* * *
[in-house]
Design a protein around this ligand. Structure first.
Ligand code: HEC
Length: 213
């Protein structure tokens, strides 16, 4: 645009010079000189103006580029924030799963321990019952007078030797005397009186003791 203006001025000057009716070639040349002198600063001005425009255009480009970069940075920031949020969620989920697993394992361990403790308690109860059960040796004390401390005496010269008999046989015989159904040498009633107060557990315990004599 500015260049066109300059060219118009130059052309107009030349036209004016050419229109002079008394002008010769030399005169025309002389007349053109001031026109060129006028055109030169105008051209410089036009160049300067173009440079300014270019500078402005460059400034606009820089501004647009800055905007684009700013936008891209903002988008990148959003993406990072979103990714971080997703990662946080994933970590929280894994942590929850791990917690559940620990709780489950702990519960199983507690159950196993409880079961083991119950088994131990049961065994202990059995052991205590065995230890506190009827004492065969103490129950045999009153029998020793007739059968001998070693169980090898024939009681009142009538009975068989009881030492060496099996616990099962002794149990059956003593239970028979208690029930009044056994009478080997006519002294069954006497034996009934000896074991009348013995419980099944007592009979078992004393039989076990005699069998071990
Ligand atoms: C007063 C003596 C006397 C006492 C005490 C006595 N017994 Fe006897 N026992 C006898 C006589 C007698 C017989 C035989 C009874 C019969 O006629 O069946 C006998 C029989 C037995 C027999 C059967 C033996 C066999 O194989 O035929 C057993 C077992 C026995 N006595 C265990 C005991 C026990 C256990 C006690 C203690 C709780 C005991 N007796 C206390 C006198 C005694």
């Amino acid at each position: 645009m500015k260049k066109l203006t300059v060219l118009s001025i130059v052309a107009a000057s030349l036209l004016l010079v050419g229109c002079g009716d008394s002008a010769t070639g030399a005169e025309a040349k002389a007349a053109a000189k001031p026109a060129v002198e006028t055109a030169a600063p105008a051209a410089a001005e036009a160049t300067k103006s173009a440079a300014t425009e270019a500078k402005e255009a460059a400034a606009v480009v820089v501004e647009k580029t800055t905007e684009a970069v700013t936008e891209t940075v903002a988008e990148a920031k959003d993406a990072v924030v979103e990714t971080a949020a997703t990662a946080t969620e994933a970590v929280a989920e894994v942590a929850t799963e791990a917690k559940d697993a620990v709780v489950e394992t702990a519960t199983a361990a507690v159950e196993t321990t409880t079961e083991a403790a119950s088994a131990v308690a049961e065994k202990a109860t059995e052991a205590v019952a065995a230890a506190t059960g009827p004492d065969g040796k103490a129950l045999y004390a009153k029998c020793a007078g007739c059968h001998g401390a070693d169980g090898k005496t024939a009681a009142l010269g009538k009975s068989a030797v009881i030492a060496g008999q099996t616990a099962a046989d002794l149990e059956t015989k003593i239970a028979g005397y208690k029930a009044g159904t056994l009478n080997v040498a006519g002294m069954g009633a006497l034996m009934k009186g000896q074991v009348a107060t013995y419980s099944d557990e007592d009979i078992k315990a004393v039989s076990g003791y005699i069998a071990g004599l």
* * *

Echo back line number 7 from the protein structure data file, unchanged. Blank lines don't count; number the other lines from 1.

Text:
């Amino acid at each position: 645009m500015k260049k066109l203006t300059v060219l118009s001025i130059v052309a107009a000057s030349l036209l004016l010079v050419g229109c002079g009716d008394s002008a010769t070639g030399a005169e025309a040349k002389a007349a053109a000189k001031p026109a060129v002198e006028t055109a030169a600063p105008a051209a410089a001005e036009a160049t300067k103006s173009a440079a300014t425009e270019a500078k402005e255009a460059a400034a606009v480009v820089v501004e647009k580029t800055t905007e684009a970069v700013t936008e891209t940075v903002a988008e990148a920031k959003d993406a990072v924030v979103e990714t971080a949020a997703t990662a946080t969620e994933a970590v929280a989920e894994v942590a929850t799963e791990a917690k559940d697993a620990v709780v489950e394992t702990a519960t199983a361990a507690v159950e196993t321990t409880t079961e083991a403790a119950s088994a131990v308690a049961e065994k202990a109860t059995e052991a205590v019952a065995a230890a506190t059960g009827p004492d065969g040796k103490a129950l045999y004390a009153k029998c020793a007078g007739c059968h001998g401390a070693d169980g090898k005496t024939a009681a009142l010269g009538k009975s068989a030797v009881i030492a060496g008999q099996t616990a099962a046989d002794l149990e059956t015989k003593i239970a028979g005397y208690k029930a009044g159904t056994l009478n080997v040498a006519g002294m069954g009633a006497l034996m009934k009186g000896q074991v009348a107060t013995y419980s099944d557990e007592d009979i078992k315990a004393v039989s076990g003791y005699i069998a071990g004599l």